College Dance Team Central

Saturday, June 14, 2008

Officials Say Cheer's Merge a Result Of Safety Concerns

by Allison Denny
Photo by Jeffrey Lowman / THE STATE PRESS
ASU Web Devil

Amid athletic cuts, members of ASU's former 15-member, co-ed cheer squad blame its merge with the school's dance team on money, not safety concerns cited by ASU officials.

The merge follows a nationwide trend in high schools, colleges and universities to eliminate stunting and tumbling because of safety concerns said Mark Brand, associate athletic director for communications.

"We've had cheerleaders, and we've seen cheerleaders — male and female — around the country get hurt recently, and we can't take that chance," Brand said.

According to the American Association of Cheerleading Coaches and Advisors, 64 cheerleaders at the high school or college level sustained fatal, catastrophic or serious injury between 1982 and 2005. In the same time period, 698 high school and college football players sustained the same kind of injuries.

Under the new arrangement, the cheer team has been merged with the dance team, creating the new Sun Devil Spirit Squad.

The squad will fall under the control of Director of Athletic Bands Jim Hudson, instead of the athletic department like cheer did, Brand said. Formerly Hudson only controlled the marching band and dance team.

Hudson was brought over from Iowa State two years ago to lead the marching band, Brand said, and it became clear that moving band, dance and cheer under his jurisdiction would best serve the school.

"It just made sense for all of the cheer atmosphere, all of the spirit atmosphere … to be under one person so you could collaborate and make the fan experience the best we can make it," Brand said.

Secondary education senior and former cheer captain Brianna Barcelo said many schools are following in the footsteps of the USC, whose Song Leaders dance instead of cheer, eliminating potentially dangerous stunt and tumble moves.

"All over the nation, they're putting stops on cheer at all different levels," Barcelo said. "It is more risky, but it's also changed a lot."

Coaches and cheerleaders are highly trained, though, and accidents aren't commonplace, Barcelo said.

"Our coach is amazing. She would definitely not let us do anything we weren't able to do," she said. "We know all the precautions we have to do to make it safe for us."

Last year stunting was cut but the cheerleaders slowly fought against the athletic department to bring it back, Barcelo said.

"I guess in a way it's almost an every year battle," she said. "I worked my butt off to be able to be on cheer. Now it just kind of sucks.

"It's my senior year and I won't be able to do it again."

Barcelo said it was clear that the merge had to do with money when ASU announced just weeks later that wrestling, men's swimming and men's tennis would be cut.

Wrestling has since been reinstated after the team came up with an $8 million endowment.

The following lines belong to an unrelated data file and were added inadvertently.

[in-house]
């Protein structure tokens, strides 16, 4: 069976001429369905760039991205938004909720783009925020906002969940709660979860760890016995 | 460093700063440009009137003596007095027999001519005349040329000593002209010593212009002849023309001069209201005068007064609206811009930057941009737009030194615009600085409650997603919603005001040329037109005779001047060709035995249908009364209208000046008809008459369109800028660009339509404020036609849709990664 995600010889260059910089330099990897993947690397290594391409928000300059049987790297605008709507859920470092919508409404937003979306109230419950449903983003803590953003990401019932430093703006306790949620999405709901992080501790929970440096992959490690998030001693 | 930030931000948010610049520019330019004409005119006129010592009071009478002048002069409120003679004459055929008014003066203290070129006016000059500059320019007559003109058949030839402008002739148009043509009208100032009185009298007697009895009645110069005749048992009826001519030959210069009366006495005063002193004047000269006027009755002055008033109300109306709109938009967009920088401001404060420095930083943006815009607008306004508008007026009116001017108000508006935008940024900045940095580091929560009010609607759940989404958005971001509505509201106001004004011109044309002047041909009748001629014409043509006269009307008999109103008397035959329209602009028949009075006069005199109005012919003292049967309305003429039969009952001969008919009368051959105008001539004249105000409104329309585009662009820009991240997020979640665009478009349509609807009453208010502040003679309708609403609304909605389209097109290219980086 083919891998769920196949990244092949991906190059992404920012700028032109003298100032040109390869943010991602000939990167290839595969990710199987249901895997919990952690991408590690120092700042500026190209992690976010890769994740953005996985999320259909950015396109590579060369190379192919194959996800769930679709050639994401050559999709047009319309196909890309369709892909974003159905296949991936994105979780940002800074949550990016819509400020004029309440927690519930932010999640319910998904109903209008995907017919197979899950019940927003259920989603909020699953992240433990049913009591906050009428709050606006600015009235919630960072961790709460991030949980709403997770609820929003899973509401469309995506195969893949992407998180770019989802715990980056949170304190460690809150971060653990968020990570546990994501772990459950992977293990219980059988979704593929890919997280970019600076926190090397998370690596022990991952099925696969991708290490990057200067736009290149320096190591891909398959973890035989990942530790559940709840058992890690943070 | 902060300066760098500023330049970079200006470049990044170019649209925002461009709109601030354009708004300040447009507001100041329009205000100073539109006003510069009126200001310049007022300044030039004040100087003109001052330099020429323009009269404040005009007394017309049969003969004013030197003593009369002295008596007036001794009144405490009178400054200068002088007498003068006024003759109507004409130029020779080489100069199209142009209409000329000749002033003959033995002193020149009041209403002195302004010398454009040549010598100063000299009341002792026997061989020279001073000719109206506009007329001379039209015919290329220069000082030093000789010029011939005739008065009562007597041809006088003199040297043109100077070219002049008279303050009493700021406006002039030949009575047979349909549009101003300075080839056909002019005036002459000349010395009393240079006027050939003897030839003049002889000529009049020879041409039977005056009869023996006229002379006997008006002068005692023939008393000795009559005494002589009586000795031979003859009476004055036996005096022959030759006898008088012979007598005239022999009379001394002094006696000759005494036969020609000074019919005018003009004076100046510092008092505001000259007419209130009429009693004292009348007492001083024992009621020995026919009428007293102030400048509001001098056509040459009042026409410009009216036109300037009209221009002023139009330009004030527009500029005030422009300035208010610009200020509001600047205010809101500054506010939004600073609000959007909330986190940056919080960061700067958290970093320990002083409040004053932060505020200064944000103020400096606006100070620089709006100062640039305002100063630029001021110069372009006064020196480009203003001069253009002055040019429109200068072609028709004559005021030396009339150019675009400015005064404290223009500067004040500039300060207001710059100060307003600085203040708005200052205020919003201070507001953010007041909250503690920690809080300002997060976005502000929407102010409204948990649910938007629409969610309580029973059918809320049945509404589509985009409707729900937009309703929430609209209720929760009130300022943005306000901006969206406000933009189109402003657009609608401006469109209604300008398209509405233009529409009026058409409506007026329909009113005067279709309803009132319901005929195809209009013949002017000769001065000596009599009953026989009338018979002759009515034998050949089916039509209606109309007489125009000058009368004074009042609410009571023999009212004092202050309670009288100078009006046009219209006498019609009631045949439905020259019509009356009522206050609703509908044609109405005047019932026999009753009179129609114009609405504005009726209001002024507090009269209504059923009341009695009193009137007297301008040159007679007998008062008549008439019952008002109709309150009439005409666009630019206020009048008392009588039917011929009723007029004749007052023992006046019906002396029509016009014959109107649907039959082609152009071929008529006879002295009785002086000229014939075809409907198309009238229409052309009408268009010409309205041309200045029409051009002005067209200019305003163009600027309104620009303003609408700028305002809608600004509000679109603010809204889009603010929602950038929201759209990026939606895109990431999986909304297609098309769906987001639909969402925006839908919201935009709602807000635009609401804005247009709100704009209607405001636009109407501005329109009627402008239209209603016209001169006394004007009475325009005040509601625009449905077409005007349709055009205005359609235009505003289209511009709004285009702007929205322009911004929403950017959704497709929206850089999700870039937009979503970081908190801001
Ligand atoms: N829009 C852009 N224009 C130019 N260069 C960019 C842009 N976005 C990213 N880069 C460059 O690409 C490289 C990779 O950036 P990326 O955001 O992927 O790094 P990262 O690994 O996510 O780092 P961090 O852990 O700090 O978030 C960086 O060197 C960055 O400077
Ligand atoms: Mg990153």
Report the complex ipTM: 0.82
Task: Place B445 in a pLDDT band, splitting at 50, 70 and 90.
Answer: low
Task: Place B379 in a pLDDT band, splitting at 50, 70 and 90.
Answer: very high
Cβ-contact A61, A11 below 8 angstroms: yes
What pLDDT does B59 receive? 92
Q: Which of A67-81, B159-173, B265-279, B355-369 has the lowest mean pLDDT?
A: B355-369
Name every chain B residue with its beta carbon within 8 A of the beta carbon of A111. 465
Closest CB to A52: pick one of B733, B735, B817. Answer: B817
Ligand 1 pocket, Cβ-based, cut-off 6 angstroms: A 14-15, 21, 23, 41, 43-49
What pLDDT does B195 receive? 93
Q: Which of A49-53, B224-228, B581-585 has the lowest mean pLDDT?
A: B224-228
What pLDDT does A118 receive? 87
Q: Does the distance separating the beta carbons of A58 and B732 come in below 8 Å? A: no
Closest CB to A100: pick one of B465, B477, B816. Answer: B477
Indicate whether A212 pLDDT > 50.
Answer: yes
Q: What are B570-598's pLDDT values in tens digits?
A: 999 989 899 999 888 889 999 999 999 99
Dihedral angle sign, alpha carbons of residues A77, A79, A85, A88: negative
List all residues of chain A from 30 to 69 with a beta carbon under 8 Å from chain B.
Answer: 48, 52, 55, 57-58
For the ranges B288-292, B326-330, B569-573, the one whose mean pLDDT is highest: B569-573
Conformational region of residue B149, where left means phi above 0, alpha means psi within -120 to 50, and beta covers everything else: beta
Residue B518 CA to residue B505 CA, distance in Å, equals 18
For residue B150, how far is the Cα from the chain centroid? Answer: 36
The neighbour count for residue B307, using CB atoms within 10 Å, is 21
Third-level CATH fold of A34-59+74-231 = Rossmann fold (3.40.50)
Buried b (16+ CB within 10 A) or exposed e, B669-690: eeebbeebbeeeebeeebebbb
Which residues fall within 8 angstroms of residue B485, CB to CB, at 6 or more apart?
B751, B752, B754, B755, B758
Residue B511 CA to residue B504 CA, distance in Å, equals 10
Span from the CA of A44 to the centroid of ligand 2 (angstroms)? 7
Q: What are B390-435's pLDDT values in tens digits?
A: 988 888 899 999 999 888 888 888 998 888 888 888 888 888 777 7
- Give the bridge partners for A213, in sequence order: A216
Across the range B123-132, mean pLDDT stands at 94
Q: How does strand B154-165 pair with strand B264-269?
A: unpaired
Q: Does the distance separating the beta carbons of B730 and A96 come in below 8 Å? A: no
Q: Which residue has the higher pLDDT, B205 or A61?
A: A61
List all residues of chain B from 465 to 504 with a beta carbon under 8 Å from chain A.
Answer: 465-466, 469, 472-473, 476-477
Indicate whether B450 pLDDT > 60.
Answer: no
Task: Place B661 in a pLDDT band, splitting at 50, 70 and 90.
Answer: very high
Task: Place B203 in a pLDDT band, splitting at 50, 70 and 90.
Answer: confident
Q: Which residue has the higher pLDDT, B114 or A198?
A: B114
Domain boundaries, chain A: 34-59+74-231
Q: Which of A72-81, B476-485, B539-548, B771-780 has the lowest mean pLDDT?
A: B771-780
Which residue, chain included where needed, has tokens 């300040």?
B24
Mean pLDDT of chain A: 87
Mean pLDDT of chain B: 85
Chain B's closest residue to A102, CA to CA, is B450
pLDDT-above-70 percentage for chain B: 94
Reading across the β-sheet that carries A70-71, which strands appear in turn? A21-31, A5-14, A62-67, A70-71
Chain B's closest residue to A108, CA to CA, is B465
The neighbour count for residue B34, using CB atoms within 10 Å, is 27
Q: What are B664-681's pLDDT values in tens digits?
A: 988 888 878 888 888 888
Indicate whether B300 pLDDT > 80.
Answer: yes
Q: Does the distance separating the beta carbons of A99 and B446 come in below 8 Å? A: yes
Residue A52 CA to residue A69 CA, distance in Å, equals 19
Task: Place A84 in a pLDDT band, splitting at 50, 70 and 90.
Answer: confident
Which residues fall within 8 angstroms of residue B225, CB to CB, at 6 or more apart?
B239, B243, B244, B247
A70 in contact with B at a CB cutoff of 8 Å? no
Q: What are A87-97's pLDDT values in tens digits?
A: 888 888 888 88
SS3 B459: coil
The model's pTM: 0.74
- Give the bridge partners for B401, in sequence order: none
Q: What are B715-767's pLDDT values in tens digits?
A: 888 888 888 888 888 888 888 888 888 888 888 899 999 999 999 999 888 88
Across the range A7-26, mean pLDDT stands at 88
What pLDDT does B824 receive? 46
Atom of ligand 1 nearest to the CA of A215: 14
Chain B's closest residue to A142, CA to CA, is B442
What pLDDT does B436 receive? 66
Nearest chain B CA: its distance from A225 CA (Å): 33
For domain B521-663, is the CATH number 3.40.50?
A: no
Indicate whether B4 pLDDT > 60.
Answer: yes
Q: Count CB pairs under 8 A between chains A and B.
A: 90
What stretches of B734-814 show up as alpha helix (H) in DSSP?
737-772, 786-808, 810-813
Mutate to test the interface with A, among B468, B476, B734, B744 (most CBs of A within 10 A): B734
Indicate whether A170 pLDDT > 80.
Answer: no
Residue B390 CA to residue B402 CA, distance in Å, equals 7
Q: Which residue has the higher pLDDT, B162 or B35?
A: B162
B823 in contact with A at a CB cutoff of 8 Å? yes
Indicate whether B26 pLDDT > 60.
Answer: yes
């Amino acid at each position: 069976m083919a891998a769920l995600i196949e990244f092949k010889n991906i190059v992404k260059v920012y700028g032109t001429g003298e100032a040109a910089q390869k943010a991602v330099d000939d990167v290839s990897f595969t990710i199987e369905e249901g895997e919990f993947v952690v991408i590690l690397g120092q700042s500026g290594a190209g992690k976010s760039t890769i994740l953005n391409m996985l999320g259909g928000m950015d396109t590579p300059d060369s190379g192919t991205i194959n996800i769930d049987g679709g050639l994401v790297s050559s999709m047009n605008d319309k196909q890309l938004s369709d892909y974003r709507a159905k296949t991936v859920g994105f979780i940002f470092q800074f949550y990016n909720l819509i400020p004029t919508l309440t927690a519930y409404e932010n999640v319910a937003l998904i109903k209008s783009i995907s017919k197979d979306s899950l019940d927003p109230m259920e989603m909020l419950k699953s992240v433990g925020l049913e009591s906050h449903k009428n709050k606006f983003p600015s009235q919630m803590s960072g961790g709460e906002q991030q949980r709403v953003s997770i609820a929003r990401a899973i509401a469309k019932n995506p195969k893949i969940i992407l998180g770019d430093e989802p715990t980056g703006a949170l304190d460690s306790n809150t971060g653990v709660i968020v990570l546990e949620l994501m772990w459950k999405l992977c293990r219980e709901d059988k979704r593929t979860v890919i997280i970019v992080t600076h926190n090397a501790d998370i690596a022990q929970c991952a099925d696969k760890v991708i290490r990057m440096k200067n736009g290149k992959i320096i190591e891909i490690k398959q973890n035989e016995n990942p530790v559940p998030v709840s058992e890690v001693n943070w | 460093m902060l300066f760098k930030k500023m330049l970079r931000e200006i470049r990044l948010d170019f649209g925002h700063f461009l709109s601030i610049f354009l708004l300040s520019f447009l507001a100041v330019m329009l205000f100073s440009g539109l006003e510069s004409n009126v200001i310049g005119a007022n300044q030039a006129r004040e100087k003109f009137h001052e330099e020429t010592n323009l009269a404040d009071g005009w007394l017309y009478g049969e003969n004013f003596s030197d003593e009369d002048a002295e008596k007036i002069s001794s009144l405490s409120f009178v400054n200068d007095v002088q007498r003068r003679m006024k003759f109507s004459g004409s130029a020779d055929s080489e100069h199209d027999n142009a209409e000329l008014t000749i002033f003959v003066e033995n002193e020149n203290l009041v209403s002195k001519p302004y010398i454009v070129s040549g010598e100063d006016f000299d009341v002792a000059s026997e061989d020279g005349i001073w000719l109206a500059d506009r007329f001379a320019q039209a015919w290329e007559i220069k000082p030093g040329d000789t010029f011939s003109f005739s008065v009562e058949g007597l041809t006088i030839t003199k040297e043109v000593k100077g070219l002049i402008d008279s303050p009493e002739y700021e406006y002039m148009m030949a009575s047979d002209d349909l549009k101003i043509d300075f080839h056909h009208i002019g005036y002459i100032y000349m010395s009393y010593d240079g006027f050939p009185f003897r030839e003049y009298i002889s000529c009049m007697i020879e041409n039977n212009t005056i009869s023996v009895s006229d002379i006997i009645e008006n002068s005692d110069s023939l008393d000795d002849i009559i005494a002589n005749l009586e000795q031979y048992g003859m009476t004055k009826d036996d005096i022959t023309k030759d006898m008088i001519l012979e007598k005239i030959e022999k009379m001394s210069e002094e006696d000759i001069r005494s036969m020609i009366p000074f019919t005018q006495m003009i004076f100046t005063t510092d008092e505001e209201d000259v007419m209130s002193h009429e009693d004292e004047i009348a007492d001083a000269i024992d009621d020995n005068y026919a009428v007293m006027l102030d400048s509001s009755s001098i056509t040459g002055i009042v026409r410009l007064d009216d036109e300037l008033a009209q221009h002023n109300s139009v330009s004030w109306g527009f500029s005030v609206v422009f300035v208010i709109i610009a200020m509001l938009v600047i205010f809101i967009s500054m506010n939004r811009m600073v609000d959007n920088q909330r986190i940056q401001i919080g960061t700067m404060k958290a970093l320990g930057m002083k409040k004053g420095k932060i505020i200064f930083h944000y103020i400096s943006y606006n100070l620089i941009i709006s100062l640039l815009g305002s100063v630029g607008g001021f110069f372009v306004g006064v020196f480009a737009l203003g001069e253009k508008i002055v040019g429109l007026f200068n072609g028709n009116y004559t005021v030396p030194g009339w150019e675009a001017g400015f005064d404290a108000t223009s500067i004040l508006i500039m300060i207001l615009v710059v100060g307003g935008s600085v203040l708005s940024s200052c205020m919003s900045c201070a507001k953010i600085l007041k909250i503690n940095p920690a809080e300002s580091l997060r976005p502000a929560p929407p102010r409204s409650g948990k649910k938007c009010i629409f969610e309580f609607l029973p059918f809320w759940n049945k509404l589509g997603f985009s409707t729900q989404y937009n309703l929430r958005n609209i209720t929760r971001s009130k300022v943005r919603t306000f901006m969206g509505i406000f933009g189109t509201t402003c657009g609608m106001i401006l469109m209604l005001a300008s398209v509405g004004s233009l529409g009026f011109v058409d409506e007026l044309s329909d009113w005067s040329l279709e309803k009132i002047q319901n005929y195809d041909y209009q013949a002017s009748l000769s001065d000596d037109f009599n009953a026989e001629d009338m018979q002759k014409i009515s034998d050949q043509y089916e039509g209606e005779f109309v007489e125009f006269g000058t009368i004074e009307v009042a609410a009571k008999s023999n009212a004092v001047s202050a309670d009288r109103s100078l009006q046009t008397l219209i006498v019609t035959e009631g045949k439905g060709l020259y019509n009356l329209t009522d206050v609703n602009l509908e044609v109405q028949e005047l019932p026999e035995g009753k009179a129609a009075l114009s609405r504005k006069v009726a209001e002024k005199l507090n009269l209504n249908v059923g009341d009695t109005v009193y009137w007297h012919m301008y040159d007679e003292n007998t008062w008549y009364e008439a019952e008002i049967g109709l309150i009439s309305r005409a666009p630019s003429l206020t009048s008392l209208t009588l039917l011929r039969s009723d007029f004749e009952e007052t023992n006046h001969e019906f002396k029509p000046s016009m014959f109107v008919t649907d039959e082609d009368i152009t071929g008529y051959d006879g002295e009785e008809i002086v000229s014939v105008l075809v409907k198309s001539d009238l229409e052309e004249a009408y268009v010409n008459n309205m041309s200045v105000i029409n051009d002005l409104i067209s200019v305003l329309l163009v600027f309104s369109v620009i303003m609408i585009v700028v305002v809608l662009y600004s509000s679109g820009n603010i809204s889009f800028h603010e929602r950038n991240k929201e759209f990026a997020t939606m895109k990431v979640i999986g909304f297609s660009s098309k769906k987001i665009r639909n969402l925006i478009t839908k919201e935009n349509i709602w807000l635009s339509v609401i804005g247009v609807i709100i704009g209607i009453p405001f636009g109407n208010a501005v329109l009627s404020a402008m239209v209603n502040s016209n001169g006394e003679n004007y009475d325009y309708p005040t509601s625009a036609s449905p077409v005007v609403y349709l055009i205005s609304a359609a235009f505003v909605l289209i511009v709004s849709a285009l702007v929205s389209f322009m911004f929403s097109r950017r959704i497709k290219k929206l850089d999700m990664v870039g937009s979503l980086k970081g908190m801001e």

Right around the time the merge was announced, a picture of former and current ASU cheerleaders in their bras and underwear was posted to, a gossip Web site that reports on 40 cities and 24 universities around the country, according to its Web site.

Barcelo said the pictures on The Dirty had nothing to do with the merge.

"The news finds anything to focus it on and blame," Barcelo said. "It was the media that made [those rumors] up, pretty much."

Brand said ASU officials told the cheer team about the merge on a Tuesday night and didn't know about the pictures until the next day.

Because the pictures came out around the same time as the announcement, Brand said people assumed one caused the other, but the move was in the panning stages for a long time and the two incidents are unrelated.

"There was nothing that led to a snap decision," Brand said. "It had nothing to do with money. It had nothing to do with Internet pictures. That was a total coincidence."

Elementary education senior Katelyn Jones was on the cheer team for three years and said ASU's safety concerns over stunting and tumbling are a cover-up.

"It was all just about money," she said.

The team learned about the merge just 10 days before tryouts, Jones said, and the cheerleaders were never asked their opinion or given any advance notice that the merge might happen.

"It's just very upsetting and very discouraging that they came and took it away from us with no warning and no notice," Jones said.

Still, all the cheerleaders were encouraged to try out for the new squad, she said.

"We were all upset and angry but took their word and took a shot," she said. "Marketing had implied that [we] would make it."

Of the 15 cheerleaders — most of whom tried out for the new squad — only three made it, Jones said.

Brand said no such promises were made, though.

"The cheerleaders, male or female, had to try out year after year," he said. "No one was told that they were going to make it."

Jones said she came to ASU for cheerleading.

"For it to be gone is really upsetting," she said. "That's all I know. It's my passion. It was a challenge for me. It meant everything to me."

Jones said she tried out for the new squad but didn't make it.

"It'll be a different experience sitting in the student section," she said.


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